Western Australia – Indigenous (catch) The estimate of the Indigenous harvest tonnage of Mud Crabs in Western Australia has been revised down as the weight multiplier previously used to calculate this value (1.34 kg per crab) is now considered unrealistically high given that the average weight of harvested Mud Crabs in Western Australia was recently estimated at 0.65 kg.
Northern Territory — Charter (management methods) In the Northern Territory, charter operators are regulated through the same management methods as the recreational sector but are subject to additional limits on license and passenger numbers.
Northern Territory – Indigenous (management methods) The Fisheries Act 1988 (NT), specifies that “…without derogating from any other law in force in the Territory, nothing in a provision of this Act or an instrument of a judicial or administrative character made under it limits the right of Aboriginals who have traditionally used the resources of an area of land or water in a traditional manner from continuing to use those resources in that area in that manner”.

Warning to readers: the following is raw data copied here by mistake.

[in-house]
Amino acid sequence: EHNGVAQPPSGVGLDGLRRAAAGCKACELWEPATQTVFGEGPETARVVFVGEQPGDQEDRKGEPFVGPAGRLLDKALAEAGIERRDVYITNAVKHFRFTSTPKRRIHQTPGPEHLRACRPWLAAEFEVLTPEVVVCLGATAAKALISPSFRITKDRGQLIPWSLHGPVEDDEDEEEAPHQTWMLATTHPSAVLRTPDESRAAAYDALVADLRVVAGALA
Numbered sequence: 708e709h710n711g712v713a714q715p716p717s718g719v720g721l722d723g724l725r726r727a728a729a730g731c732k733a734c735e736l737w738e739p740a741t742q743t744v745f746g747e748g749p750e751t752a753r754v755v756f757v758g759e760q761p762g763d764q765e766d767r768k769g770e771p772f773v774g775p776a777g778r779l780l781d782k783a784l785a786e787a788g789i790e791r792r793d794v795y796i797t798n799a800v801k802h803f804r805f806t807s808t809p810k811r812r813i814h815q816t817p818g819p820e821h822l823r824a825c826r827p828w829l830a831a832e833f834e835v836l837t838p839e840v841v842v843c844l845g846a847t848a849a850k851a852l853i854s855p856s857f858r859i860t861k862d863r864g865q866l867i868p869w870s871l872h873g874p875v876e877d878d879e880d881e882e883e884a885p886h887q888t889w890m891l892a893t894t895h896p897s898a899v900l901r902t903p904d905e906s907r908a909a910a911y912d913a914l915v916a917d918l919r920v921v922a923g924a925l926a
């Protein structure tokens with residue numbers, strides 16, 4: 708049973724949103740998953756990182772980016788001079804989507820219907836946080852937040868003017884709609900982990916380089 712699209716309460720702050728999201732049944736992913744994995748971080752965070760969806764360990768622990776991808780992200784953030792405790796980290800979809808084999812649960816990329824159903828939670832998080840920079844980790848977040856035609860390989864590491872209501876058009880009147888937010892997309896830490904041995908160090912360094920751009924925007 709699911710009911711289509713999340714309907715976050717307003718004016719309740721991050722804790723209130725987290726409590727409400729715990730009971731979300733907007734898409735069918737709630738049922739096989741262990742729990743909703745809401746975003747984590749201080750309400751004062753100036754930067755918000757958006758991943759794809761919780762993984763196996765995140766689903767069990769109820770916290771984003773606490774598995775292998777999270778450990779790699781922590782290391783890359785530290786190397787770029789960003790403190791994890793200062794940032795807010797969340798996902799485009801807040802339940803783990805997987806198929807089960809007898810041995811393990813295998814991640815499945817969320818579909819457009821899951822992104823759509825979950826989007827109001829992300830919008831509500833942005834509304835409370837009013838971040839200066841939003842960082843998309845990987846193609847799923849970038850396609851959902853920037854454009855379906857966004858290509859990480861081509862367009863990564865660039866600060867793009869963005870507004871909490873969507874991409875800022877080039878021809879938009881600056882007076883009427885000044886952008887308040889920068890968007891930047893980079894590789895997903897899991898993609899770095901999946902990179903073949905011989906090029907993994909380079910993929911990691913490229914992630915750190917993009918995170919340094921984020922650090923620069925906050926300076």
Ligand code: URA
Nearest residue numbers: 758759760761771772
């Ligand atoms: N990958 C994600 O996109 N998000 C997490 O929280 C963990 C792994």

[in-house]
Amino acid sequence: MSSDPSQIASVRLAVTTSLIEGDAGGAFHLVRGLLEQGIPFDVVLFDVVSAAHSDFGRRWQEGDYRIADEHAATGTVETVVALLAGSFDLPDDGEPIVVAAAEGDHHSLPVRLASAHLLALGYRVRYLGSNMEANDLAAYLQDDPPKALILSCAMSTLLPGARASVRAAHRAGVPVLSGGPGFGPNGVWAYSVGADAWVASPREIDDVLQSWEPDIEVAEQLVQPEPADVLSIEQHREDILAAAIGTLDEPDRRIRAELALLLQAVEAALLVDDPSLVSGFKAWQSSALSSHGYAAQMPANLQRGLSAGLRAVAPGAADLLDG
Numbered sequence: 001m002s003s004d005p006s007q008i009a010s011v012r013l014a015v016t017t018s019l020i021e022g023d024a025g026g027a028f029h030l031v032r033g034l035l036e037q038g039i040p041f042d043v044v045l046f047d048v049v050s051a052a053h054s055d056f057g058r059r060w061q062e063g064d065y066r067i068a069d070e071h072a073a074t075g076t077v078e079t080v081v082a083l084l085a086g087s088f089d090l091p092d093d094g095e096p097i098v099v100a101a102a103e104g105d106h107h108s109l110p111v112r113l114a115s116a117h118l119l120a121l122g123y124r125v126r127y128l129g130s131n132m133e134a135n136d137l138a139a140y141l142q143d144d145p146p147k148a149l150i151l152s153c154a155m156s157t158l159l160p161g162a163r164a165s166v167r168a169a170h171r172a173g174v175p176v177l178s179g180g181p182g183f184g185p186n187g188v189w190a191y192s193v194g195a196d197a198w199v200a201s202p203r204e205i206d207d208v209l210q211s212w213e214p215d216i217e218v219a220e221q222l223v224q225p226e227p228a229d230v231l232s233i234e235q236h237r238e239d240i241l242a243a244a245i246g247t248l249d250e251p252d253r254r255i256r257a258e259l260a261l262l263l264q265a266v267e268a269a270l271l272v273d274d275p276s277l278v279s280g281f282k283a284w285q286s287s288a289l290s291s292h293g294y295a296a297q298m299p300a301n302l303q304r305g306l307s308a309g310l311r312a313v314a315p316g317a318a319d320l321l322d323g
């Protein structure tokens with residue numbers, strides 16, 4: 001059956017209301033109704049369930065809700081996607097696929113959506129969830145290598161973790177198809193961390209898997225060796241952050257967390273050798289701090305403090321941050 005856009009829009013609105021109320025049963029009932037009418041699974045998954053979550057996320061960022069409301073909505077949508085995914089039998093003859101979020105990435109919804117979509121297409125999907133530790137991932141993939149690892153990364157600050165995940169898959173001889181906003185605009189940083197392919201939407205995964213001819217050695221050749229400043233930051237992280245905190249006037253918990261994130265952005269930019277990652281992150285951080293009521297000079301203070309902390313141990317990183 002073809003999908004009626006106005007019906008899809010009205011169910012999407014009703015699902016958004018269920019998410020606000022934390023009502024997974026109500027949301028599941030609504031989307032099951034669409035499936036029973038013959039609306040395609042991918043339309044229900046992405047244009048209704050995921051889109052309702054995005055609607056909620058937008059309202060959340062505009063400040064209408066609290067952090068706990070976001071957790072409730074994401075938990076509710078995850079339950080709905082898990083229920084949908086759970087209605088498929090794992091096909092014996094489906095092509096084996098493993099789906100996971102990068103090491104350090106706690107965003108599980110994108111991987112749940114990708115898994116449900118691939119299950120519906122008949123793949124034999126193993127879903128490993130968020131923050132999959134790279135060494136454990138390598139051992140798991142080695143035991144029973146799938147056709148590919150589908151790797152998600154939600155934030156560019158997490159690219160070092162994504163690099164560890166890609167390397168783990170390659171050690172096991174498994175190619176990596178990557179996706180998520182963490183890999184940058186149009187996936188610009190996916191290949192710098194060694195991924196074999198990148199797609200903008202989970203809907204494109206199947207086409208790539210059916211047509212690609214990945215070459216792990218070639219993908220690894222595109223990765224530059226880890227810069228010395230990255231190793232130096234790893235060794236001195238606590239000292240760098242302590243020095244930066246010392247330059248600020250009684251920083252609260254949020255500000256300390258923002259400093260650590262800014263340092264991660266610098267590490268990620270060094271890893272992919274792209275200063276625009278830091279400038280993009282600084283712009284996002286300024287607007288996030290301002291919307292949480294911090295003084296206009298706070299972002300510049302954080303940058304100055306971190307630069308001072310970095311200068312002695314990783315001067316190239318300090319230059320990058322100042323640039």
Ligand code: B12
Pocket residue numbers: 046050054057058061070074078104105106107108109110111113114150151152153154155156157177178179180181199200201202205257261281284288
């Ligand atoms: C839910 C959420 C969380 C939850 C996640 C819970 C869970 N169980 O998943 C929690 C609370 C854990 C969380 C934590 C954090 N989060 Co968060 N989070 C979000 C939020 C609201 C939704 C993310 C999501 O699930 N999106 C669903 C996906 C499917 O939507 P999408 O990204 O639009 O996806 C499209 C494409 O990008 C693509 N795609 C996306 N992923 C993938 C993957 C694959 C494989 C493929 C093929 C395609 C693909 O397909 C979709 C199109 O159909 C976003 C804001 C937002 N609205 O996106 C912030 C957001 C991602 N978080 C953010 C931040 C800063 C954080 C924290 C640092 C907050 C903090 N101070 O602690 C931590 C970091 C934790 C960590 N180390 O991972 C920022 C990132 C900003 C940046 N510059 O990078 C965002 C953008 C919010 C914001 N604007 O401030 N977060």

Queensland – Indigenous (management methods) for more information see https://www.daf.qld.gov.au/business-priorities/fisheries/traditional-fishing
New South Wales – Indigenous (management methods)https://www.dpi.nsw.gov.au/fishing/aboriginal-fishing
New South Wales – Recreational (Catch) Murphy et al. .
Active Vessels The number of active exemption holders (for Western Australia), licences (for the Northern Territory and Queensland) or businesses (for New South Wales) are shown here because the number of active vessels is not an appropriate measure of effort in Australian Mud Crab fisheries. Licensing arrangements also vary significantly between jurisdictions.